|348x500||49K||jpg free download|
|120x172||10K||jpg free download|
|139x200||11K||jpg free download|
|523x750||96K||jpg free download|
|610x875||129K||jpg free download|
|1220x1750||447K||jpg free download|
A man walks while wearing old-fashioned clothing has a large pan or bucket over one shoulder, a saucepan in one hand and a hammer in the other. He wears a wide-brimmed hat, an apron, a ragged apron and breeches, white socks or stockings and square-ended shoes.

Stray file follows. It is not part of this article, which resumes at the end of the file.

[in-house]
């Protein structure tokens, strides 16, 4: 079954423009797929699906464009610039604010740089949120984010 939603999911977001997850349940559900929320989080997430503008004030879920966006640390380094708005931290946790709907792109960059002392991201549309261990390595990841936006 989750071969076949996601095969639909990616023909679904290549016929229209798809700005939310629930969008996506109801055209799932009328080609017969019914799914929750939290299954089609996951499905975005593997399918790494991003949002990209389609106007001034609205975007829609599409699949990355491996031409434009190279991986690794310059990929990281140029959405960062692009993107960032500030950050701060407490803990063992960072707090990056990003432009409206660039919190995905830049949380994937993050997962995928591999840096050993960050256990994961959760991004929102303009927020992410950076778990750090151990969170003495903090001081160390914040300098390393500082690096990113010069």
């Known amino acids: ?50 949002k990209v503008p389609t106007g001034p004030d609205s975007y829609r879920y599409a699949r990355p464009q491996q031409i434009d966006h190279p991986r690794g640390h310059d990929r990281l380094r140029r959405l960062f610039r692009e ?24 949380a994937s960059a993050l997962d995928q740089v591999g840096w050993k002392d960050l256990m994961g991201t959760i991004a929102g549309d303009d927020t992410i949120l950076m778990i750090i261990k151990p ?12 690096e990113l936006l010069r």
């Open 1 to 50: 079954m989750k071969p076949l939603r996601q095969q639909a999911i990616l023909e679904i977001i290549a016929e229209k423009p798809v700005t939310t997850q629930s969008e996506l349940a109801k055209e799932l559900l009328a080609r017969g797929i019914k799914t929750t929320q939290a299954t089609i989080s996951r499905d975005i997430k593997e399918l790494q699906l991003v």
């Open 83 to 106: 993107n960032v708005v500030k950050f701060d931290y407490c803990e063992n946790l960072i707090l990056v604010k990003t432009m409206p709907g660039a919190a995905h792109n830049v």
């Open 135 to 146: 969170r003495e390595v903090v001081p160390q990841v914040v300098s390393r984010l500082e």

If we do not so often as of old hear the cry of “Pots to mend!” (Fig. 26056), and if the tinker has ceased to be the popular personage he once was, the fraternity has not yet wholly gone out; his utility has preserved him. The absence of utility, or we may rather say, positive mischievousness, has caused the disappearance of other street-trading classes [...] (p. 211)